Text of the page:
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Giancarlo Neri


Giancarlo Neri - The ChairAs I sat on the top of Hampstead Heath in the sun, I wondered how many optical illusions could be played with Giancarlo Neri’s gargantuan sculpture, The Writer. This monument to the intimacy between the writer and his desk stands at 22ft high. The size is breathtaking, and against all odds, it works. It works so well that you simply can’t take your eyes off the thing. It’s simplicity is mesmerising, and it fits so well into the landscape that it makes it difficult to imagine the Heath before its installation.

Hampstead is famed for its literary traditions, and local resident Zadie Smith introduced the sculpture at its launch party. She questioned the proclamation of the sculpture as a monument to the loneliness of writers, arguing that she cannot escape the companionship of her characters when writing at her desk. It seemed rather odd to have a writer there to vocalise what is essentially a silent pursuit: The Writer is a tribute to the deafening hush that novelists, playwrights, journalists, essayists and poets encounter on a daily basis. Though that was - quite rightly - the last thing on the minds of a group of sinewy boys playfully daring each other to climb the chair legs. These are the same legs that will be used for goal posts, a prop to lean against when kissing your lover, and a urinal, as well as a climbing frame. When I spoke to Neri, he said he was delighted how many people - particularly children - feel the need to rush up and hug the legs. The sculpture represents a private moment in a public place, translated on a vast scale; it is this peculiar recipe that elicits cynical, startled or enchanted smiles from almost all who walk across the Heath.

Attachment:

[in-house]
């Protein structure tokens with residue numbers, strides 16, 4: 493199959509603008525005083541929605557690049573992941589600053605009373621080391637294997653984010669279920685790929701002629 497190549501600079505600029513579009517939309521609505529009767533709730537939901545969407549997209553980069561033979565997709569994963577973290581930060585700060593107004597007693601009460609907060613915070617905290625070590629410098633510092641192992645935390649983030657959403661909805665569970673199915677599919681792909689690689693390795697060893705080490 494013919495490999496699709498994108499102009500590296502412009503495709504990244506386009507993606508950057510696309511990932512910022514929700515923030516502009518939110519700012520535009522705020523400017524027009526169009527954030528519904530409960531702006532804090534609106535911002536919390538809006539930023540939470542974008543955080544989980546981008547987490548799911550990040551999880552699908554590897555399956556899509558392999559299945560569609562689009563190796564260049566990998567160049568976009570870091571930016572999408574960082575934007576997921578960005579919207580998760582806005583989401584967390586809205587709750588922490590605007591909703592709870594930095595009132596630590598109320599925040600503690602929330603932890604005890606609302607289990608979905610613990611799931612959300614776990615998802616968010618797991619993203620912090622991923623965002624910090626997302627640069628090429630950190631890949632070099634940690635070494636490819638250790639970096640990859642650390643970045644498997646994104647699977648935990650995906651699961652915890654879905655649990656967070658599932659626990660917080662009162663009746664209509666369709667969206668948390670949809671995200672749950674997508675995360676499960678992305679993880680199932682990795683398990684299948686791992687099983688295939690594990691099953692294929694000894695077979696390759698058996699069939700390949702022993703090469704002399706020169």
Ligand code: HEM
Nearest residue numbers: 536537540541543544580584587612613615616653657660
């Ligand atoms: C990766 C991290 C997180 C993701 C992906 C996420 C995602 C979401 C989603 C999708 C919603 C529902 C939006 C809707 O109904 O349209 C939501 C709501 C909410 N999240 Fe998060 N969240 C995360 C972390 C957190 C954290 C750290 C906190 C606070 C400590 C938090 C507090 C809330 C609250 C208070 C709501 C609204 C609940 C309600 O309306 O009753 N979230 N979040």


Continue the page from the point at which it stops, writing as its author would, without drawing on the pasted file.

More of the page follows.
It was fun listening to the comments of passers-by. The Writer is so huge that it demands a voiced response from all who see it. “Ah, this must be made out of space-age material. If it was made out of wood then man would have been making chairs as big as this a long time ago” muttered one wag. Neri, being a very serious and stylish Italian, may not have approved of this observation.

This exhibition marks the official opening of the new Rollo gallery space at 17 Compton Terrace, in Islington, which is currently hosting a display of smaller works by Neri until October 22nd.




reviewed - Rebecca





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